Because of this faith in child wisdom, I sometimes receive withering glares from people when, as an educator, I use my own beloved children as examples of how ignorance or incompetence works. But they're young. They don't have the background knowledge of an adult. Their incompetence is a fact of childhood, not their fault, and temporary.
However, every once in a while, I see one of my children do something that reveals there are some ways in which children can be smarter than adults. My eldest son, age 7, pulled off one of them today.
He has been playing with an inflated beach ball on which a picture of the globe has been placed. It's essentially an inflated mock-up of Earth. My wife asked him at dinner today, as he was holding it, whether he knew which country was the largest. Well, he's looking right at the thing. He gets this one right: "Russia." Lots of adults would get that one right, too, but my wife wasn't done with her questions.
"And where is Russia?" she asked.
"And where is Russia?" she asked.
He said, without looking at the globe, "It's right next to the United States."
Judging from stats on American geographical knowledge, most Americans would tell him he's wrong. One adult in the room at the time started to "Umm" toward a gentle correction before I cut her off.
See, he isn't wrong. He's right.
Imagine looking down at the same ball he's holding. Russia is huge, dominating the Northern hemisphere and appearing to form a kind of "C" around the North Pole. Not only does Russia come very close to Alaska, which is colored green like the continental United States, it's right across the North Pole from us. Back in the Cold War, many people imagined a nuclear war would involve nuclear missiles crossing the Atlantic and Pacific oceans, because on a flat map, that looks like the only way to do it. But the strategic planners in both countries had all of their radars facing north -- because the nukes were going to come over the North Pole. Santa Claus would look up from his home and see them criss-crossing through the sky like a screen from Missile Command. Going over the North Pole was the shortest distance for the ICBMs.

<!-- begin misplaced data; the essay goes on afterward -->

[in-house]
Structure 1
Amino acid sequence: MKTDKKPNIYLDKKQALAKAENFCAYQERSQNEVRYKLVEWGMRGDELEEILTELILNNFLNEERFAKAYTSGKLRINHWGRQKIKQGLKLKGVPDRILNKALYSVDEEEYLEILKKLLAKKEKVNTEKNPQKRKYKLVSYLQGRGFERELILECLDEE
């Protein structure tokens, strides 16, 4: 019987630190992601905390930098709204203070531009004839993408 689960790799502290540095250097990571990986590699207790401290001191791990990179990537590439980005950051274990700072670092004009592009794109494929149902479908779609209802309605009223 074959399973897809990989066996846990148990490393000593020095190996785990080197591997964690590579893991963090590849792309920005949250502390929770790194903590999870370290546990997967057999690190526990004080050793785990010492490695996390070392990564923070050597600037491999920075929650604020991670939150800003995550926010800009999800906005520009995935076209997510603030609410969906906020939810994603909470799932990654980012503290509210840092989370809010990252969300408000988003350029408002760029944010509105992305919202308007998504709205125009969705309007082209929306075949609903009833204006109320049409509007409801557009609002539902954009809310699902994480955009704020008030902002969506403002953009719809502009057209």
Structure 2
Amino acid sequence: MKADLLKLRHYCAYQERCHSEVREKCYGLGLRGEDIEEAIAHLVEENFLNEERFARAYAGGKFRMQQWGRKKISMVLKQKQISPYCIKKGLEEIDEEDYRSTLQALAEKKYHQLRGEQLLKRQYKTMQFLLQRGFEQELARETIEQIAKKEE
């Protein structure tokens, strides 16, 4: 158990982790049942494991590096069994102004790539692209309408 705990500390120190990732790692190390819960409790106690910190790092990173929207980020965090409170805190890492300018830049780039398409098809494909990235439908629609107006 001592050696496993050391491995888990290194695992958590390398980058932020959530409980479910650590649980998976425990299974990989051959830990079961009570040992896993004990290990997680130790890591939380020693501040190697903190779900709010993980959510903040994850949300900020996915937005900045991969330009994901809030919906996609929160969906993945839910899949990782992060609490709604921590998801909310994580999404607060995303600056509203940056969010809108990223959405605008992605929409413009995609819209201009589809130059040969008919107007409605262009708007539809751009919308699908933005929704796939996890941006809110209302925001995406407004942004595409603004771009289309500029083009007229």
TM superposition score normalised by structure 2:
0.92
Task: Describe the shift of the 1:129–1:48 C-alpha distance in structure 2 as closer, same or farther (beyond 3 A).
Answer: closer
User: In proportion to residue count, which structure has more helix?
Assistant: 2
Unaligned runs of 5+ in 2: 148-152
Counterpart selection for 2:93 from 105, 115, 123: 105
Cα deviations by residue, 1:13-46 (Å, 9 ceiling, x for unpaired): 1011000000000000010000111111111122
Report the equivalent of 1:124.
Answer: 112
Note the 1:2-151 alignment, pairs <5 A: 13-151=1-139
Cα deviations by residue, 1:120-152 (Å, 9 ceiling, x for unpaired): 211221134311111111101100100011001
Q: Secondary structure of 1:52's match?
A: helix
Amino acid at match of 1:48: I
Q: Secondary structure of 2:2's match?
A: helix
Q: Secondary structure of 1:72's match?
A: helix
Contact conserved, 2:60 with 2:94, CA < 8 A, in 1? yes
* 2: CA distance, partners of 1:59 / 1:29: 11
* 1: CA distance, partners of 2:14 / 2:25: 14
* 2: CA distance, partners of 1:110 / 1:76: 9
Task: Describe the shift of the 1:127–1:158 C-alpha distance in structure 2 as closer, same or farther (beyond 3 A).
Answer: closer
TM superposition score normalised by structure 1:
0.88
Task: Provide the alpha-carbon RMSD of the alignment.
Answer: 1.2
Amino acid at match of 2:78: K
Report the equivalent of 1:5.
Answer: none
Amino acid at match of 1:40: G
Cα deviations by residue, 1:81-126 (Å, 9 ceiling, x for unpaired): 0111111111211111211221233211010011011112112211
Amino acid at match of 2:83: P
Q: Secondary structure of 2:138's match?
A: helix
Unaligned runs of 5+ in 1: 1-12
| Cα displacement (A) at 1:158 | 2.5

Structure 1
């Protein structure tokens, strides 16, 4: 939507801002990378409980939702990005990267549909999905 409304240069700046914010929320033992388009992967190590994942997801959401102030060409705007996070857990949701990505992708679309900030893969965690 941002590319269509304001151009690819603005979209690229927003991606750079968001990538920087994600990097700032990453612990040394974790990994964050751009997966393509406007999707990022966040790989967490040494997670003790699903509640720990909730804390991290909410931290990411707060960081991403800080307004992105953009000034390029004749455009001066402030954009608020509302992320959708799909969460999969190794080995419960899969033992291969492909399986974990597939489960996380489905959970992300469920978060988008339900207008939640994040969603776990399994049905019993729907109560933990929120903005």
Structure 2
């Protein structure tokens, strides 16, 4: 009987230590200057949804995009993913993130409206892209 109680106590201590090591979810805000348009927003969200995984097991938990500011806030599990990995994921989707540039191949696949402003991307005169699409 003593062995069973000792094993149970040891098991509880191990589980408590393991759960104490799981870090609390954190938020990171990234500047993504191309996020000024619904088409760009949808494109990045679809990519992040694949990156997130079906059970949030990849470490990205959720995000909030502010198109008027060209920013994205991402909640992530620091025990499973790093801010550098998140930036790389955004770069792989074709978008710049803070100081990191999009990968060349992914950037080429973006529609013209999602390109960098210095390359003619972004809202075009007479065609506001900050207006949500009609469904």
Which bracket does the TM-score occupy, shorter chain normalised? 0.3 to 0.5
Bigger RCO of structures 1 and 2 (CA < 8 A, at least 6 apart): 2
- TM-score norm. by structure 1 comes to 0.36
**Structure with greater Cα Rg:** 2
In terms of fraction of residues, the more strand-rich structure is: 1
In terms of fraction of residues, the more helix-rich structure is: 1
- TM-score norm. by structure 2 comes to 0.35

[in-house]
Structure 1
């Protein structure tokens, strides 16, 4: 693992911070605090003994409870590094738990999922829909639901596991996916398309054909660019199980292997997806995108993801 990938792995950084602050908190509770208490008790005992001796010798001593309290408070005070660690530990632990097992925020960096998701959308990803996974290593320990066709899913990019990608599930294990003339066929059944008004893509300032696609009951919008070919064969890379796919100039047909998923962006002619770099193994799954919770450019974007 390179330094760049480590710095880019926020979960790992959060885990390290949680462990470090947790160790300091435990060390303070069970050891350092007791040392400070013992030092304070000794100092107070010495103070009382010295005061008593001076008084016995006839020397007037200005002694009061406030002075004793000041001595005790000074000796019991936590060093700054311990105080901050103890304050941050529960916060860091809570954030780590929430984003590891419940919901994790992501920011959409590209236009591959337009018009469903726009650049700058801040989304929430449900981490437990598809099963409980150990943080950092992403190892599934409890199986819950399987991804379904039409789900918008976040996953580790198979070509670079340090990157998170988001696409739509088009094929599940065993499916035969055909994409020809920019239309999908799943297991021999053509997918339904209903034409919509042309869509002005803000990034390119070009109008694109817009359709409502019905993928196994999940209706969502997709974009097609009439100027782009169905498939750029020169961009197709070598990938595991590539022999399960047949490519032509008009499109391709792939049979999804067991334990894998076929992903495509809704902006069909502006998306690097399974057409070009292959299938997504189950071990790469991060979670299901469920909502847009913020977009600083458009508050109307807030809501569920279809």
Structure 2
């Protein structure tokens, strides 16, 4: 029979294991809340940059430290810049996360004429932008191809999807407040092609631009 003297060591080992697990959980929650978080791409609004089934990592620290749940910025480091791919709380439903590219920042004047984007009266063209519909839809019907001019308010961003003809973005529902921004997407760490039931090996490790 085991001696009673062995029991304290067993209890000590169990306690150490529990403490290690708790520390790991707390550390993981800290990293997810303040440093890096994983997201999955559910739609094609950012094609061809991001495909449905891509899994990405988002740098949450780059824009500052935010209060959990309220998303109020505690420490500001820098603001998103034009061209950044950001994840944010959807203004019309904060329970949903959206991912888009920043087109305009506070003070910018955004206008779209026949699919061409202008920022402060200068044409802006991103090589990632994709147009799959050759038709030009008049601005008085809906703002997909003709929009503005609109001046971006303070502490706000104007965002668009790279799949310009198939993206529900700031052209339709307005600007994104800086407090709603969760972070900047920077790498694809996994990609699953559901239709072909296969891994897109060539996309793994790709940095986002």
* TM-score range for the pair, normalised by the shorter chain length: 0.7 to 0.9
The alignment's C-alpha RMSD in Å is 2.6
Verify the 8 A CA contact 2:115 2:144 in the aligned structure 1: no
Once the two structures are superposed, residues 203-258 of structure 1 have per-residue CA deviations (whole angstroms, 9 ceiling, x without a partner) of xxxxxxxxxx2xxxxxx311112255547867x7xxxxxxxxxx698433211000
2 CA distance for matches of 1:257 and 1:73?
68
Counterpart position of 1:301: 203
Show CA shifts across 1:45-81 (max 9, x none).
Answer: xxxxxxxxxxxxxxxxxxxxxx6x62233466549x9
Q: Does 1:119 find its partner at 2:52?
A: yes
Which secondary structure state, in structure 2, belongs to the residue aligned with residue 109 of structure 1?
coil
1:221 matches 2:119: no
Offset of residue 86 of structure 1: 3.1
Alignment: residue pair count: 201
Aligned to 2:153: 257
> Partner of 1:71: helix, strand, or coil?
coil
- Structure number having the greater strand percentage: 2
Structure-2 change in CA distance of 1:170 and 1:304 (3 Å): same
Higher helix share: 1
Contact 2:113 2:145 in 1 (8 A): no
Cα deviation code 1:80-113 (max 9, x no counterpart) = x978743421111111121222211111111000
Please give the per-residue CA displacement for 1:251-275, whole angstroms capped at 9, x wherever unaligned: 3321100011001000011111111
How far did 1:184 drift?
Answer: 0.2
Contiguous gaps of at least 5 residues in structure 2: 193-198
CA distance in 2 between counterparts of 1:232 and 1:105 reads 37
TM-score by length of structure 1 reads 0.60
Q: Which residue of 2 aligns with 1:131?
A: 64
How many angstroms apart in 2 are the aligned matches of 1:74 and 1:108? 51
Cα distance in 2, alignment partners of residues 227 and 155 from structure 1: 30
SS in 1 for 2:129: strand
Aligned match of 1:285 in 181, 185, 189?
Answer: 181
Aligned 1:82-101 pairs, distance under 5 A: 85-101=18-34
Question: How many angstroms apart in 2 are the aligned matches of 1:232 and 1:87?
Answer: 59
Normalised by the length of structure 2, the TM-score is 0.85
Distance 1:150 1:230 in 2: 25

So here's a question that most adults would get wrong, because they've spent too long with the sort of flat, horizontal maps you find in books, while the kid with the beach ball can remember -- without even glancing down -- that the two countries are practically touching.
That's the sort of thing a kid can do better than an adult. When the models adults have in their heads distort the truth or contain inaccuracies while the correct answer is available to simple observation, a child will kick the adult's butt.
Here's another question adults often get wrong, but a kid with a map or globe will handle just fine: Which city is further North, New York City or Rome, Italy?
The answer is Rome, but if you've spent too much time watching footage of chilly New York winters and temperate, glowing, Mediterranean Rome, you're likely to get it wrong. (London, meanwhile, is about as far North as the bottom of Alaska. All of Europe is further North than Americans tend to imagine it is.)
A child doesn't have all of those cold and hot associations for those cities, though. She'll just glance down at the world depicted in front of her and draw a line. An adult who corrects her when she gives her answer is doing damage and should listen carefully.